He also pointed to OKP's good track record over the past 10 years and how it improved its safety standards since the 2015 accident.

According to tender documents, OKP - which partnered engineering consultancy CPG to land the PIE viaduct project - had put in a bid of $94.6 million.

This was 27 per cent lower than the next lowest bid of $129.7 million by Yongnam Engineering. Two other bidders - Singapore Piling and Samwoh Corp - had bids of $185 million and $193.7 million, respectively.

Workers' Party Non-Constituency MP Daniel Goh asked if contractors who expect to score poorly for safety will lower their bid price "to an unrealistic level... risking further safety lapses", and whether a review of the price-quality method was therefore necessary.

Dr Lam said the LTA "does not bar contractors which have safety lapses or are blacklisted" from participating in tenders.

"Their quality envelopes will still be opened and assessed objectively and any safety lapses will then be penalised under the safety component accordingly," he said, adding that LTA board members can veto decisions on the basis of poor safety. The board has vetoed 16 bids from 10 companies for poor safety.

He also told Ms Cheryl Chan (Fengshan) that the main contractor will ultimately be held responsible for any safety lapses, including by its sub-contractors.










Workplace safety laws under review
MOM looking at enhancing deterrence, raising maximum penalties
By Toh Yong Chuan, Manpower Correspondent, The Straits Times, 2 Aug 2017

The Ministry of Manpower (MOM) has started a review of laws on workplace safety and aims to complete the exercise by the end of the year.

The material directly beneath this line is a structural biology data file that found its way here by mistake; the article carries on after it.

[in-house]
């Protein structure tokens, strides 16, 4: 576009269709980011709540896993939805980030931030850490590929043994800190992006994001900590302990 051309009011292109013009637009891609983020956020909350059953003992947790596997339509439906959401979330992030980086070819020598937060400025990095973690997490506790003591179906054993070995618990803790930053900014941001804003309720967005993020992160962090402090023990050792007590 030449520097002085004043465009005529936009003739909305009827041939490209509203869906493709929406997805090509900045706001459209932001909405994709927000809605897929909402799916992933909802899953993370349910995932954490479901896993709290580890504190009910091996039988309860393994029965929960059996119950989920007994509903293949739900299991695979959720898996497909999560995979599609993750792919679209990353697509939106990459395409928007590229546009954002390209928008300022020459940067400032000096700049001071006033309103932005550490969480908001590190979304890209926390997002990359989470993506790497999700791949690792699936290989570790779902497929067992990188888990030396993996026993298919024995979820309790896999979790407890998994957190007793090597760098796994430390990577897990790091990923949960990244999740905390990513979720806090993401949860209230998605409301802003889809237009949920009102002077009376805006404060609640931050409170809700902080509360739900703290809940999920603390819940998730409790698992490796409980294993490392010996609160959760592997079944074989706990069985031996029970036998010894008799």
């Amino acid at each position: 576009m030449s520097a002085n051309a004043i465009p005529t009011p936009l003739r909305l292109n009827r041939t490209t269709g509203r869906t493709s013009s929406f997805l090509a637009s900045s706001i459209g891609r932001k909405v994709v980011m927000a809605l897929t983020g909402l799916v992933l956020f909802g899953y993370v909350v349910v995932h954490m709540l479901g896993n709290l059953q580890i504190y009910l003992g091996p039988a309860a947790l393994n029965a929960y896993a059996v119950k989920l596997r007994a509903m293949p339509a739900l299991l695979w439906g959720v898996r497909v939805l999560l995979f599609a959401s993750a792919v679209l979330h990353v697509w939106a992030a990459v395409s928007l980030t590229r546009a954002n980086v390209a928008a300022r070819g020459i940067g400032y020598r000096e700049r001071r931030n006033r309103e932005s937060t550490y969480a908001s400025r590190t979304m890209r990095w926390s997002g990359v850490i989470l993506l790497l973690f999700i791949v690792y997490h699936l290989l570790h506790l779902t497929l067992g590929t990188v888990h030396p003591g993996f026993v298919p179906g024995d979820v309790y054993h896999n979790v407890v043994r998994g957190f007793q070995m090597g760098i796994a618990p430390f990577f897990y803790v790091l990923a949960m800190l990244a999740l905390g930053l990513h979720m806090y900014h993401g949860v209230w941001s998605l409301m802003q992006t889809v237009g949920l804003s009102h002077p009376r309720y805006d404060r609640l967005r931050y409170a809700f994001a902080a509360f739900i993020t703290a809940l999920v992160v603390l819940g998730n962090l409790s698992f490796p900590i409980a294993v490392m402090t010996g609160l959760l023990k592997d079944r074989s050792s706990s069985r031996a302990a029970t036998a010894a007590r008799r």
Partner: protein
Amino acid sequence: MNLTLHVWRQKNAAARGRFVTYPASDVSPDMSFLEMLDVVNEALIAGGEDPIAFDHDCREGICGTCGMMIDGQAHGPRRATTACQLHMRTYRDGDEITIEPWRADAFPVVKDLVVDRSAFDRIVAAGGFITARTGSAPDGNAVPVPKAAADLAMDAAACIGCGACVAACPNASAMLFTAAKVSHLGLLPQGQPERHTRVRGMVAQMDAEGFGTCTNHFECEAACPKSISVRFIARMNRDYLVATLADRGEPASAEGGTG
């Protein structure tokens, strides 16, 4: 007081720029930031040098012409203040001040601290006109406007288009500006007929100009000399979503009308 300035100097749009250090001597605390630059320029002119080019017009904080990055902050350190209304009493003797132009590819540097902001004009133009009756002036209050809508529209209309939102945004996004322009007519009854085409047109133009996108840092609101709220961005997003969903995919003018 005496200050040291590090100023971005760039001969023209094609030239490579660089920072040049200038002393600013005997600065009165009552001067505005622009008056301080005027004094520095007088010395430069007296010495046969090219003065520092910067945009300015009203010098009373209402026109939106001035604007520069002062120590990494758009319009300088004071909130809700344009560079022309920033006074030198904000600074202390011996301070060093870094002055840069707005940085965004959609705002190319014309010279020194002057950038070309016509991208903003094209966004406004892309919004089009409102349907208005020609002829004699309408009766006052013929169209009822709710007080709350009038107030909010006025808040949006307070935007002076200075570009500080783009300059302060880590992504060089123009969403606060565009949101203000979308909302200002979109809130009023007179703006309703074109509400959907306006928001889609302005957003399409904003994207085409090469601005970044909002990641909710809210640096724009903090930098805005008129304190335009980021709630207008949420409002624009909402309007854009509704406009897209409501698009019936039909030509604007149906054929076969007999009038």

It is looking at enhancing deterrence against worksite accidents, improving the industry's learning from such accidents through the release of accident reports, and raising the maximum penalties for offences that result in serious injuries or deaths.

Minister of State for Manpower Sam Tan spoke about the review of the Workplace Safety and Health Act in Parliament yesterday, in response to a question from labour MP Desmond Choo (Tampines GRC).

His comments come after a viaduct under construction at the Pan Island Expressway (PIE) collapsed last month, killing one worker and injuring 10.

More than 10 MPs asked parliamentary questions about the worksite accident at the sitting.

Responding to the questions on workplace safety, Mr Tan said that fatalities from construction site accidents have fallen.

There have been four deaths so far this year, compared with 24 last year and 27 in 2015. He added that the MOM has stepped up enforcement checks at construction sites, and has conducted about 16,000 inspections a year.

Besides this, the ministry also has a demerit points system and a blacklisting regime, Mr Tan said.

Since 2015, the MOM has issued demerit points to 223 companies for safety violations.

Among them, 25 were barred from hiring foreign workers until they improve their safety record.

In May last year, the MOM also enhanced the blacklisting regime for construction companies, said Mr Tan. Companies are now put on a "Business Under Surveillance" programme immediately after a worksite death occurs.

There are now 25 companies on the blacklist, and they are supervised by MOM closely until they have fixed their safety lapses, including putting their workers through refresher safety training.

One of the companies is Or Kim Peow Contractors (OKP), the main contractor of the PIE viaduct project.

A fatal accident had happened at the company's Yio Chu Kang flyover worksite in September 2015, but it was not immediately blacklisted then, said Mr Tan, adding that this was before the MOM tightened its blacklisting regime in May last year.

"MOM inspected all of OKP's worksites to check if the accident reflects a wider and systemic failure of the company's safety management. However, no evidence of systemic safety lapses were found from the inspections," said Mr Tan, explaining why the company was not put on the blacklist after the worksite death.

He said safety regulations and laws are reviewed regularly to keep them updated, and added that the MOM will continue to monitor developments and refine its regulatory framework.

"If there is a need to further tighten, we will continue to do so," he said.





No comments:

Post a Comment